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UPSC Sansad TV: Government’s Efforts to Empower Farmers Through Fertilizer Support




Importance of the fertilizer sector:

  • The importance of the fertilizer sector in India need hardly be emphasized as it provides a very vital input for the growth of Indian agriculture and is an inevitable factor that has to be reckoned with in the attainment of the goal of self-sufficiency in food grains.
  • The fertilizer sector would cover not merely the fertilizer industry but also certain activities in the agricultural sector, which are very intimately linked with the production and distribution of fertilizers.
  • The fertilizer industry has to cater to the needs of the farmerswho are the most important consumers of the fertilizer industry.
  • With falling farm yields, exacerbated by climate effects, doubling farmers’ real income by FY23 will be difficult, which means continuing to subsidize fertilizer will work against the government’s stated goals for the agriculture sector. In this context, the fertilizer policy needs to be revisited.

Problems and Challenges:

  • However, the way Government is promoting farming, it is totally different from ecological farming. It has become agame of only three chemicals- NPK (nitrogen, phosphorus and potassium). Plants require at least 17 elements for their growth.
  • The ratio of NPK usage should be 4:2:1. In Punjab, this ratio is 61:19:1. Urea is cheap to purchase so farmers use it more that creates imbalance due to which the yield either goes down or is stagnant. The whole system of subsidy should also look into overall benefits to agriculture.
  • Government is selling compost at a particular price and same is the rate for urea so this would not push the farmers towards organic farming. It is very important that farmers should produce fertilizers in their fields.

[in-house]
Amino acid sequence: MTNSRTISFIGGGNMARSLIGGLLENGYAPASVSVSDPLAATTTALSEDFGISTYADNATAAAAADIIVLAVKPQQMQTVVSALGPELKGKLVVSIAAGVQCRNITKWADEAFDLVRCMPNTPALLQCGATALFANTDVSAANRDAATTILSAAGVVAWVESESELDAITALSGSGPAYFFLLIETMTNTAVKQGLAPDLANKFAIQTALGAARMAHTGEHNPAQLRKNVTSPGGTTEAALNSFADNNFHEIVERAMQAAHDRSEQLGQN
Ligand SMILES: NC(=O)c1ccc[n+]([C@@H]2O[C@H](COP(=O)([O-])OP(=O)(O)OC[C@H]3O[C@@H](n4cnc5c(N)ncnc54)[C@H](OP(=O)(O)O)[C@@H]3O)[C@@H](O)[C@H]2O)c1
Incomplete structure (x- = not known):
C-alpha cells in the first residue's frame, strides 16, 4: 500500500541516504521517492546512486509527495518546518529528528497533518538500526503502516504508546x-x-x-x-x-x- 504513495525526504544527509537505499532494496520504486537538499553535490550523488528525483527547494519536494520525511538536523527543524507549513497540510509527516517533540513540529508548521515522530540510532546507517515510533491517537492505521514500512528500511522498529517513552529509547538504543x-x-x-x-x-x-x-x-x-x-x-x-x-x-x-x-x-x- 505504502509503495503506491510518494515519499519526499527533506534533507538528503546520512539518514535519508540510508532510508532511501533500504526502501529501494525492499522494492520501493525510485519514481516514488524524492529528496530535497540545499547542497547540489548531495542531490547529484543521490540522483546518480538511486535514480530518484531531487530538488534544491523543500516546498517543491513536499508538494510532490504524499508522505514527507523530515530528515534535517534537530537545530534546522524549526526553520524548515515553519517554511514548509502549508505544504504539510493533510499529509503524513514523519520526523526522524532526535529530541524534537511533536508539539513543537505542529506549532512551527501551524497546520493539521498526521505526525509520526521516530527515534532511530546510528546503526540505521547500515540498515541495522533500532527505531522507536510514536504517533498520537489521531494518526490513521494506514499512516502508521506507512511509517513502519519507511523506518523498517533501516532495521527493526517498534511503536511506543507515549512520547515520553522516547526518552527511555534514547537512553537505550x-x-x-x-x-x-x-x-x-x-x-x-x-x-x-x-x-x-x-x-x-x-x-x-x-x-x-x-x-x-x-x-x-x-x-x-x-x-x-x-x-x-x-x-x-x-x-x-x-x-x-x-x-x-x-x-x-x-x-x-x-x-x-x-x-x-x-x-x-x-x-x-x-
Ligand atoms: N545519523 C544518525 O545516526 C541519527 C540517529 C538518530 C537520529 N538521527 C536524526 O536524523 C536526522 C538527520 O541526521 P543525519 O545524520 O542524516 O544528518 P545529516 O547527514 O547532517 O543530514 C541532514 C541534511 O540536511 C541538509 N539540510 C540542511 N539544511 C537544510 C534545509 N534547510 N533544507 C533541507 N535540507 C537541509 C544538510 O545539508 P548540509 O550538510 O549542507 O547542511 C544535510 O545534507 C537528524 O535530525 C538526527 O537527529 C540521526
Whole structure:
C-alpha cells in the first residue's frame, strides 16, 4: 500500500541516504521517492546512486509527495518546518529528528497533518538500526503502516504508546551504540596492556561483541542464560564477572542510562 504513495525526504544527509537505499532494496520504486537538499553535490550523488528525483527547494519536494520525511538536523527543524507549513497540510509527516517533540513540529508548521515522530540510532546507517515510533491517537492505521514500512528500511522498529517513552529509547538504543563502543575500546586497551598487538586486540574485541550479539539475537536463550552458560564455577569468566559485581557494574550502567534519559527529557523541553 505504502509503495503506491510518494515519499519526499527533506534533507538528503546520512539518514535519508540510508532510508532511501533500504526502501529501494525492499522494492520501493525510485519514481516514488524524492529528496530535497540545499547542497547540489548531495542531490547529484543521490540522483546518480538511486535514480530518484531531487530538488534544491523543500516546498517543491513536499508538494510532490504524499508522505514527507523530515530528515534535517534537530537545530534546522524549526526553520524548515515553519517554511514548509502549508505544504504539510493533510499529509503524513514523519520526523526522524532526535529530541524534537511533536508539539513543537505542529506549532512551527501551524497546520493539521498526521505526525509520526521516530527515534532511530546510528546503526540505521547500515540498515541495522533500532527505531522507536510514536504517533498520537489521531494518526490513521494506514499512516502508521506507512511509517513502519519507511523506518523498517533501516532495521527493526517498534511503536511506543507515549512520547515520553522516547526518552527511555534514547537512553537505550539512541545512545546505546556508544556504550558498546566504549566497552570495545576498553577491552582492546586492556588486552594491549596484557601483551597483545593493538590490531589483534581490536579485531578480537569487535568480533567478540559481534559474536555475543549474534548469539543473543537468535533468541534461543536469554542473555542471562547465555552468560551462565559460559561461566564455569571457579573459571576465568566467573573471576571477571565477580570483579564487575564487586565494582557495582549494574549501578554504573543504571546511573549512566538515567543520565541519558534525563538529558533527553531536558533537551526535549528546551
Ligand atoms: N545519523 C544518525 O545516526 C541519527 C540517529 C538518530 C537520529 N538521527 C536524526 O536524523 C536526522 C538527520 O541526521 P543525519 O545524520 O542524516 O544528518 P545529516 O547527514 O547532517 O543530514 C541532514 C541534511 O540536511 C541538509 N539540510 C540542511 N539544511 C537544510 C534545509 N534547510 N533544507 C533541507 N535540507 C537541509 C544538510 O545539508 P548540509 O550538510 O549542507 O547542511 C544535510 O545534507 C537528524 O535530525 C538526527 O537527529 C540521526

• A cropping pattern should be there which is being done now but on a small scale.
  • Instead of giving subsidies on chemicals, it is veryimportant to incentivise those farmers who are practicing organic farming and encourage them.
  • Ultimately, these subsidies will only help fertilizer companies to sustain their business but in the long run farmer’s business will be hampered because his input costs will continuously increase with inversely proportional output rates.

 Possible Steps to be taken:

  • The momentum for these changes has to be created through robust policies.
  • State Governments and Central Government need to work in tandem to encourage farmers for ecological farming.
  • Particularly in western UP and Punjab, the farmers need to move away from wheat and rice because the ground water has depleted.
  • Farmers have to be educated and taught to change their cropping pattern and move to multiple cropping.

Need to shift our focus to Bio-fertilizers:

  • Bio-fertilizers are cheap, renewable and eco-friendly, with great potential to supplement plant nutrients if applied properly.
  • However, they are not a substitute to chemical fertilizers. They improve health of the soil. Since it provides nutrients to soil in a small and steady manner, its immediate effects are not very visible.
  • Sales of bio fertilizers in the country has not picked up because of lack of knowledge and its slow impact on the productivity of the soil.
  • Use of bio fertilizers is necessary to maintain the soil healthas more and more use of chemical fertilizers kills all the microorganisms available in the soil, which are so essential for maintain the soil health.

The way forward:

  • India’s fertilizer subsidy regime needs to be reformed. The recently launched PM-PRANAM (PM Programme for Restoration, Awareness, Nourishment and Amelioration of Mother Earth) Scheme can help in this.
  • It is crucial for India to reform its ailing agriculture and such reforms will be possible only if there is a political will and a way to explain how changes will actually benefit farmers and not harm them.
  • India should pay attention to improving fertilizer efficiencythrough need-based use rather than broadcasting fertilizer in the field.
  • One, we need to be self-reliant and not depend on import of fertilizers. In this way, we can escape the vagaries of high volatility in international prices.
  • Two, we need to extend the NBS model to ureaand allow for price rationalisation of urea compared to non-nitrogenous fertilizers and prices of crops.
  • Discussions with farmers and consumers reveal a strong desire to shift towards the use of non-chemical fertilizers as well as a demand for bringing parity in prices and subsidy given to chemical fertilizers with organic and biofertilizers.

SANSAD TV 6-3-24